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September 25, 2016 | by  | in Features |
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The Young and the Agitated

Our generation has no shortage of causes. It’s probably because of the internet, which makes it easy to know about a lot of shit things that exist and also to register some kind of opinion about them, be it a like-comment-share or, if you really believe in it, the lending of the weight of your email address to an online petition to try oust some media jerk, or hold a smarmy misogynist accountable, or get a nifty clip-on bike lane fastened to the underside of the Auckland harbour bridge. It’s never been easier to express our allegiance to and our sympathy for and our disappointment in whatever cause we choose to give a shit about, whether it’s performing ironic grief for Harambe, or shitting on Lena Dunham, or getting riled up about the sexist idiots who represent us in grunting boysports. Some of our causes are closer to home than others. There are local ones (housing crisis, flag crisis, Chloe for mayor, whatever Massive has done lately) and global ones (sexism, inequality, global warming, war), as well as weirdly specific and far away ones that no one would know anything about if it wasn’t for their speedy beatification into meme-hood—the one true universal language. (On that note: has anyone heard from Kony lately? I hope he’s OK. Or not OK, I think he was the bad guy. Also, supposedly the Ice Bucket Challenge actually worked! Crazy.) I still wonder whether there’s actually anything more to the New Zealand obsession with the US election cycle than a weird sycophancy (the “the actions of the American government affect us” argument is tangential at best and, even if it’s true, I don’t think keeping up to date with #Trumpfest16 is likely to help us prepare for a slight increase in import levies seven years down the line). Whatever it is that does it, we, for some reason, care about it.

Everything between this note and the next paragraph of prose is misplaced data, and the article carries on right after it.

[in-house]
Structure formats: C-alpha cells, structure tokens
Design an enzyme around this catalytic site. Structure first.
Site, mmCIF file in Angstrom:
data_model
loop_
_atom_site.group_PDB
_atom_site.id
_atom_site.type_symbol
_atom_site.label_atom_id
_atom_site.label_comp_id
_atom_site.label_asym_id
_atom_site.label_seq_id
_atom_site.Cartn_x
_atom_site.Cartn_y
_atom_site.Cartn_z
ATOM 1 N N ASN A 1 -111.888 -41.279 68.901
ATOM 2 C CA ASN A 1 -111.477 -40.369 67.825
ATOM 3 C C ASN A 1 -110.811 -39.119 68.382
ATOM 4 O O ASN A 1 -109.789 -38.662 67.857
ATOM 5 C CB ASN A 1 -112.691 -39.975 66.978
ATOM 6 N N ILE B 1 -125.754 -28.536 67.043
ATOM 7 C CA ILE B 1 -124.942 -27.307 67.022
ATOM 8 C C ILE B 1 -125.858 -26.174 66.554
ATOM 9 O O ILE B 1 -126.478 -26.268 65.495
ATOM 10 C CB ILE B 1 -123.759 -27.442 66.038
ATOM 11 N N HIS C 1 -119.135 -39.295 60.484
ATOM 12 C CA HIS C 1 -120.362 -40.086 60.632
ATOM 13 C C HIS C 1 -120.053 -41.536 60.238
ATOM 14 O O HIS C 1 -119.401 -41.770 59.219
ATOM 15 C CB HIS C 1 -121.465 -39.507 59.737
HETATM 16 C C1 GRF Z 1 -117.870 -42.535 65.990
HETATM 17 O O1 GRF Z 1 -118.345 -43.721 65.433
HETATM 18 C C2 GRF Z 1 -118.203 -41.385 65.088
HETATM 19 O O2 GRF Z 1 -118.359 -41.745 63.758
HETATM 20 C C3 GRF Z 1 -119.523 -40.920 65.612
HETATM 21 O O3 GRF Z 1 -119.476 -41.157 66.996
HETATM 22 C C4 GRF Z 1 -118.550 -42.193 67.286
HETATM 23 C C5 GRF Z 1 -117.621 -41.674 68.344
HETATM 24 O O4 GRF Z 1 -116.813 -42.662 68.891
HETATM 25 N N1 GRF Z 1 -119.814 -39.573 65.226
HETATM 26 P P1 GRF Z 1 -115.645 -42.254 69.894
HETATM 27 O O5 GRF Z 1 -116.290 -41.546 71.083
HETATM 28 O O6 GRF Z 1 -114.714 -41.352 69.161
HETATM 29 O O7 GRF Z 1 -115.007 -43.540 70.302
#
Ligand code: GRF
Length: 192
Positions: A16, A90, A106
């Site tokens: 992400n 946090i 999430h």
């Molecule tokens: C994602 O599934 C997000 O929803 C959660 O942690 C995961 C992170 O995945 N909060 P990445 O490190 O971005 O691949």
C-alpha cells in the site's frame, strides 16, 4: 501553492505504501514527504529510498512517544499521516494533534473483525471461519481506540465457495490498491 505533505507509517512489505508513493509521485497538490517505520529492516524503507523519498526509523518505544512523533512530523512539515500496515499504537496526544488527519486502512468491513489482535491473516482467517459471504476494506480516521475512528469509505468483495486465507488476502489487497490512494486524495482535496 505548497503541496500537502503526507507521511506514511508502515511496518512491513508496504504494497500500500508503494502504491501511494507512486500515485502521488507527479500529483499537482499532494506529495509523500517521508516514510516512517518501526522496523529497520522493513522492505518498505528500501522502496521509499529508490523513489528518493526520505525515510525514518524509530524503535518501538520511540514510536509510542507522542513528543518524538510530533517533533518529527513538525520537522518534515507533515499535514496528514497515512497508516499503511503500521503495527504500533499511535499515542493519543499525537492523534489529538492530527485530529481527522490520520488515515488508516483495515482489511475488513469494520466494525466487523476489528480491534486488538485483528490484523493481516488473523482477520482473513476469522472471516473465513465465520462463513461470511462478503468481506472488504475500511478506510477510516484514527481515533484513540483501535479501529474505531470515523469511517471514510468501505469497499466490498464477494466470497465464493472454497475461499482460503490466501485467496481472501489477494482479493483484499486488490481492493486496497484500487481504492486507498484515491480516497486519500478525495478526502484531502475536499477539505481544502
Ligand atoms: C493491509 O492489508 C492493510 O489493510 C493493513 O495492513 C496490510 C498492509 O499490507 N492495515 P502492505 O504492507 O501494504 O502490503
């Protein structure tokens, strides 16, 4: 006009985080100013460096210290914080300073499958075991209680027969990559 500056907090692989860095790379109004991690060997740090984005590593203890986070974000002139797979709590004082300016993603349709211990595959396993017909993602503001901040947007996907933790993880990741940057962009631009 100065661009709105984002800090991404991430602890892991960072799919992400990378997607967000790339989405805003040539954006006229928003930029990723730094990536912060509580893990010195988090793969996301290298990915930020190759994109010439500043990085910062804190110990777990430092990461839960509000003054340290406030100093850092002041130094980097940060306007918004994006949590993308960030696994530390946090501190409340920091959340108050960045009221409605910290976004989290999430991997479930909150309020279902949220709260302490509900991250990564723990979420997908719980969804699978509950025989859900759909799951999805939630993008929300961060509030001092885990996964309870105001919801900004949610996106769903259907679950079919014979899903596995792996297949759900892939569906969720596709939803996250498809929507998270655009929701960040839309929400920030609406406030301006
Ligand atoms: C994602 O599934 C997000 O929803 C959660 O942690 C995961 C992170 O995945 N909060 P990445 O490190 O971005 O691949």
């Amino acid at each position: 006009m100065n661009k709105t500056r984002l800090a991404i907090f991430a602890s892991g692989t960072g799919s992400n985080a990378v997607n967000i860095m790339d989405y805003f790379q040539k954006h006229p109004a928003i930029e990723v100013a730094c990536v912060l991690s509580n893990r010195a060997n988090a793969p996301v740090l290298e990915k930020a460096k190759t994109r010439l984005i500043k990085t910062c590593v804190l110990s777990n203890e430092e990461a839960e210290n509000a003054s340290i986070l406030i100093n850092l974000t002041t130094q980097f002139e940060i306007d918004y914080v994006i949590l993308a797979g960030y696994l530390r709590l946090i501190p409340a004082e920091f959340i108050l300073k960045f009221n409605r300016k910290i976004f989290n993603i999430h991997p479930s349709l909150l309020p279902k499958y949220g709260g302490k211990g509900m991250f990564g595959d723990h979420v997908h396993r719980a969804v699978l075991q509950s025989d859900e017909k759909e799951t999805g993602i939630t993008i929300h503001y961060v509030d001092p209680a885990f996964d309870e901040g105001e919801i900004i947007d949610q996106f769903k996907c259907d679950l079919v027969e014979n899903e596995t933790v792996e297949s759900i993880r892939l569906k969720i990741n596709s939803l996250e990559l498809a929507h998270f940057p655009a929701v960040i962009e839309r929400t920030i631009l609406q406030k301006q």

It’s hard to argue then that we millennials are an ignorant or apathetic people. We might not have actually donated money to Amyotrophic Lateral Sclerosis research, but we definitely knew ALS was a thing, because lots of people poured ice on themselves about it. We have our finger on the pulse of the world, for the most part, occasional unaccountable priorities aside. One of the most confounding mysteries then is the one giant issue that we millennials statistically don’t care about, even though it’s something that affects basically every New Zealander at least once in their lives: work. That boring shit of a chore, that crappy cafe or store that we have to show up to every week and donate to it our time like blood, that we waste a big part of our lives at so we can afford to live indoors and buy packet curries. We don’t care about it because young workers have the lowest rate, by far, of unionisation in the whole New Zealand workforce. Not that it’s a New Zealand issue alone—board rooms in union offices the world over are basically carpeted with hair ripped from the heads of anguished union leaders fretting about the low numbers of youths who are signing up. And it’s a mystery because we do give a shit about a lot of other things, things that take up way less of our weekly schedule and, on the whole, are a cause of considerably less grief and stress in our lives.